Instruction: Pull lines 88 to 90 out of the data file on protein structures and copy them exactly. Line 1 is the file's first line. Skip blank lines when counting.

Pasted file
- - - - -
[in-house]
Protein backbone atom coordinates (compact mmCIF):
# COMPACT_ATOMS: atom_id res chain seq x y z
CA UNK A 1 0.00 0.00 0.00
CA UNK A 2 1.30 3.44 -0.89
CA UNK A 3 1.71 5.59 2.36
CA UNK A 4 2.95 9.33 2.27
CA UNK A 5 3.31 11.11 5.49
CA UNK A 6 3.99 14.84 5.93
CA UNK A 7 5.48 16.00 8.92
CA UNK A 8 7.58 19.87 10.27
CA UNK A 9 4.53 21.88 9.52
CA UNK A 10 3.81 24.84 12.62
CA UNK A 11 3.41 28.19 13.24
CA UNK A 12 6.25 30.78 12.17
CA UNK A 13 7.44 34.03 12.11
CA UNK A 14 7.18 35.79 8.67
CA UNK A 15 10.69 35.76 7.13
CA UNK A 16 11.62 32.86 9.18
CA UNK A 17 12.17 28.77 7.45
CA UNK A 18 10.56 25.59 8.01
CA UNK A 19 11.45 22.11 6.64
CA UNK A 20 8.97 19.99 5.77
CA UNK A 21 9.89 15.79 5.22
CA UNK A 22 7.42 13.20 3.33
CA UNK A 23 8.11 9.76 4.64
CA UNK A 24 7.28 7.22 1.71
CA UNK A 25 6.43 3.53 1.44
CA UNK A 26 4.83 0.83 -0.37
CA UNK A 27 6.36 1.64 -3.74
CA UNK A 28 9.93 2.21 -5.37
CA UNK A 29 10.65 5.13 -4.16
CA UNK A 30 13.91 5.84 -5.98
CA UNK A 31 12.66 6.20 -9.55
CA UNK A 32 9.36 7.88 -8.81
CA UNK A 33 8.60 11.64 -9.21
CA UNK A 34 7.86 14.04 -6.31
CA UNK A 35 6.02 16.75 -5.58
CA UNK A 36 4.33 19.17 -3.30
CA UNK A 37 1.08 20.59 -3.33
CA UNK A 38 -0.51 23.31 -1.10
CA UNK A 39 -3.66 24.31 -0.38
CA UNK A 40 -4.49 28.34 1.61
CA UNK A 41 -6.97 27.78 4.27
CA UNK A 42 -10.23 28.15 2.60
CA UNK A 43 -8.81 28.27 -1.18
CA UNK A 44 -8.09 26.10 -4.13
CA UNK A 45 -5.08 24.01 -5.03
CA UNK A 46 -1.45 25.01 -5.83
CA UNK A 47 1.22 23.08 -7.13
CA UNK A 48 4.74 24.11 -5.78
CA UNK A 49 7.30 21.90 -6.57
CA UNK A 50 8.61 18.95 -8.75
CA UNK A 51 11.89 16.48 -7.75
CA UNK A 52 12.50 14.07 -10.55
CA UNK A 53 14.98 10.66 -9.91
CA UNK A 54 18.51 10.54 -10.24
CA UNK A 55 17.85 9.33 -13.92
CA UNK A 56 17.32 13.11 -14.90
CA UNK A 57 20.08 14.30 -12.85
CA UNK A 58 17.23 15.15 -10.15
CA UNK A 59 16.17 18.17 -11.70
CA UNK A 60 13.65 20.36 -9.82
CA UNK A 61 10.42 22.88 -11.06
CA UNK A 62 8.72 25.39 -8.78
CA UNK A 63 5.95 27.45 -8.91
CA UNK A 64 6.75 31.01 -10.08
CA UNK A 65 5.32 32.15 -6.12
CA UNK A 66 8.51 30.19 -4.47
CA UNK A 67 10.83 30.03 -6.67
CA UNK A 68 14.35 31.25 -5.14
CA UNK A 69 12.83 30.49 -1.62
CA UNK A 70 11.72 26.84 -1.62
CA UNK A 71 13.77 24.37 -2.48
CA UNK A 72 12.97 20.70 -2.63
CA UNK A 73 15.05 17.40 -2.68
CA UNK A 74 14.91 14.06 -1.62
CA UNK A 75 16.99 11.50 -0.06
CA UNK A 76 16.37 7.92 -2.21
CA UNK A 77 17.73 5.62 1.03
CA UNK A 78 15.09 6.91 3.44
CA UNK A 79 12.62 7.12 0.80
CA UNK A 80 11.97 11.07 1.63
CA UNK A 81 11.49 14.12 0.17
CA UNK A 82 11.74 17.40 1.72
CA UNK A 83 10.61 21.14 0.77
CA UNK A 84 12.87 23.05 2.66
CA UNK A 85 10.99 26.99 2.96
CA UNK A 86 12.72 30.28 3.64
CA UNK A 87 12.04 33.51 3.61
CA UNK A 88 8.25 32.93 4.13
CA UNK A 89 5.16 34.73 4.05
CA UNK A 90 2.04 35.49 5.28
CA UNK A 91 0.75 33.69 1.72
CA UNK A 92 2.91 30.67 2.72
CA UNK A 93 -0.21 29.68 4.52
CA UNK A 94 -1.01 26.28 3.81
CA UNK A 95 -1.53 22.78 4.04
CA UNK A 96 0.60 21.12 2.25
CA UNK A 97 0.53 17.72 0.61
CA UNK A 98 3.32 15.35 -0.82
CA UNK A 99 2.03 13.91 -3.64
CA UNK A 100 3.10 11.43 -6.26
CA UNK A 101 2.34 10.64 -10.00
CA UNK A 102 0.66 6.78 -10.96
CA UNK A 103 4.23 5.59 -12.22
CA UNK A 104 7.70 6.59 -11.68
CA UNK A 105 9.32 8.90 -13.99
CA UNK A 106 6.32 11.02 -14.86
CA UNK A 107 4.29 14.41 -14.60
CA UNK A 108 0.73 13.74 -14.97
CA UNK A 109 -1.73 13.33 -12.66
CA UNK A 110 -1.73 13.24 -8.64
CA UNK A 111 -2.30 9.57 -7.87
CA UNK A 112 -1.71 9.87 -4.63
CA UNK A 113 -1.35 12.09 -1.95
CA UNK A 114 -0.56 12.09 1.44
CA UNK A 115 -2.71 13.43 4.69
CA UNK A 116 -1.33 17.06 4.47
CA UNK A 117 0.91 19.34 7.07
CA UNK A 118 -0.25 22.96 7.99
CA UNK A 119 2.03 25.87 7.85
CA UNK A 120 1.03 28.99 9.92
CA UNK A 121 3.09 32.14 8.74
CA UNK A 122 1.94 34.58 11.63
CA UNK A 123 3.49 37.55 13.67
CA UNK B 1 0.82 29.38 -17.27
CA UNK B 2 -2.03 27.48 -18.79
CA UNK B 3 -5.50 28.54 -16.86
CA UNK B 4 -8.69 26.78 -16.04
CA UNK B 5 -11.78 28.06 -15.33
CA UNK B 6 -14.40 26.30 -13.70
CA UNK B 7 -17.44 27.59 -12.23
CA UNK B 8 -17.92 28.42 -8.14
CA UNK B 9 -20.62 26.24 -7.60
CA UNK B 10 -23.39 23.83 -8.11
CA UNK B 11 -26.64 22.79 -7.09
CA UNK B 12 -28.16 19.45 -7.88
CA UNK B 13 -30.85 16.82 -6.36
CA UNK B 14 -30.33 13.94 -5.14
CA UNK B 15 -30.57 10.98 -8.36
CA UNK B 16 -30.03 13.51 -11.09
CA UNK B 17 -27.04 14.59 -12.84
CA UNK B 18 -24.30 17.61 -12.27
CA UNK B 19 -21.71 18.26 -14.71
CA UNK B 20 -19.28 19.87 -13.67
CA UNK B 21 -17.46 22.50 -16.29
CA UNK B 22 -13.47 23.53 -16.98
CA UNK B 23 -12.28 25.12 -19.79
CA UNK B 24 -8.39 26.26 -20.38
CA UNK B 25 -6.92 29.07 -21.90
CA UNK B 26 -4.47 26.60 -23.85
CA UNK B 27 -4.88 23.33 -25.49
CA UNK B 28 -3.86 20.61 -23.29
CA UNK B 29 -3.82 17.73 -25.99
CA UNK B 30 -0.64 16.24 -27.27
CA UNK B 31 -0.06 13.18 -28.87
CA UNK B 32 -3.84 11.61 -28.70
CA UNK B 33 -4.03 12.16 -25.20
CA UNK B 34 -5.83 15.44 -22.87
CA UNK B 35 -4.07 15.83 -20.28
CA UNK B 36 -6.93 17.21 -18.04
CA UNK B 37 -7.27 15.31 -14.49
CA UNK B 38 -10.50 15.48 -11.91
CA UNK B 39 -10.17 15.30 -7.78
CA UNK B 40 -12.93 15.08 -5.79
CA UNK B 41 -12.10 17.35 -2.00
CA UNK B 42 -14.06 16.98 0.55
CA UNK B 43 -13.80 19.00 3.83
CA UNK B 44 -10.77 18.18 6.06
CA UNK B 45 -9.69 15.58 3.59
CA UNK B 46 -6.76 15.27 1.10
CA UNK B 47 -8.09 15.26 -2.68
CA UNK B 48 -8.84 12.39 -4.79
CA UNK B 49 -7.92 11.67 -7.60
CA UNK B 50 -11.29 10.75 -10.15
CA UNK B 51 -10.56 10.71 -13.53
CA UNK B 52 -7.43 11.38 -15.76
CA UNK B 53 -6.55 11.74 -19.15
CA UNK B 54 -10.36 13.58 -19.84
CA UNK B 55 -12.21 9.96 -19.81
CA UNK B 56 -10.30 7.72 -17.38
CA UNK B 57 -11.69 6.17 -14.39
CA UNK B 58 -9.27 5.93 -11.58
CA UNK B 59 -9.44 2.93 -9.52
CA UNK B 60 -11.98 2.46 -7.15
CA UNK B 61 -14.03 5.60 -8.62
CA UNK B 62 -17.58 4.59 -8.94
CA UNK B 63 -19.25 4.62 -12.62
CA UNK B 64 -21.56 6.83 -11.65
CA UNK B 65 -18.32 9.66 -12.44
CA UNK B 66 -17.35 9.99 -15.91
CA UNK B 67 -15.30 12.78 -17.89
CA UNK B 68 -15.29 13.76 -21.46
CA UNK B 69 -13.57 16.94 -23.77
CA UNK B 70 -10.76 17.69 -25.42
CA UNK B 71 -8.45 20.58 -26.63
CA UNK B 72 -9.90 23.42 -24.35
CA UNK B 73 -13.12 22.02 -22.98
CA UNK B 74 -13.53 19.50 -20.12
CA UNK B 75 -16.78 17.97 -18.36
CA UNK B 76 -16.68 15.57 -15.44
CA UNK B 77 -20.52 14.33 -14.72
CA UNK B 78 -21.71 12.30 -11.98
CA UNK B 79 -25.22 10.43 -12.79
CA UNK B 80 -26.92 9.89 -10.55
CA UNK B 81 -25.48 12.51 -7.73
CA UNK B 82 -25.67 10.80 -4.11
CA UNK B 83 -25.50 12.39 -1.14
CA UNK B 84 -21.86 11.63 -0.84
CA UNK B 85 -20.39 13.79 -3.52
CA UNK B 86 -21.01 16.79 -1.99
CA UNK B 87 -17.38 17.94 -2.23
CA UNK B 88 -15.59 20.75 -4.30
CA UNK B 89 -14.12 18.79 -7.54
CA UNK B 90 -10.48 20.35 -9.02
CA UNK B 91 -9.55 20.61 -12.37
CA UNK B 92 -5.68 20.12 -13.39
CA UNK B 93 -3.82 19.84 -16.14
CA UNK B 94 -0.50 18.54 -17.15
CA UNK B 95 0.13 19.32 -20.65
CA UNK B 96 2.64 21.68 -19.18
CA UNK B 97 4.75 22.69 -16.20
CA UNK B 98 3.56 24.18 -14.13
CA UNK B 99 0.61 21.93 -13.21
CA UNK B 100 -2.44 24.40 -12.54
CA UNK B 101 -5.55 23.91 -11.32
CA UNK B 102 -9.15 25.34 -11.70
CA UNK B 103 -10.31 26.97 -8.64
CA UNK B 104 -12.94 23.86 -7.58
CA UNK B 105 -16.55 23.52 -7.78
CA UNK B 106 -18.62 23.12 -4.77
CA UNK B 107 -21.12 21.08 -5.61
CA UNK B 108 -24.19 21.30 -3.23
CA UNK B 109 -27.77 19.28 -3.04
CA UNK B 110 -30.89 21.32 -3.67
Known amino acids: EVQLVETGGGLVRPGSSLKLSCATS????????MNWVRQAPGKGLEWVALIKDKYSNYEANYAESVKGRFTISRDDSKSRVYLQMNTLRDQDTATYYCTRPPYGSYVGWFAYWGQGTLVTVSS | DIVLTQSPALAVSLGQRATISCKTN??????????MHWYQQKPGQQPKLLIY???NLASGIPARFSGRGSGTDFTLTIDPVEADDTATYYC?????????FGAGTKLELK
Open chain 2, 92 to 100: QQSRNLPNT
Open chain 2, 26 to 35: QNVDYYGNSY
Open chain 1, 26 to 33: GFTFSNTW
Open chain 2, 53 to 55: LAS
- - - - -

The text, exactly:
CA UNK A 85 10.99 26.99 2.96
CA UNK A 86 12.72 30.28 3.64
CA UNK A 87 12.04 33.51 3.61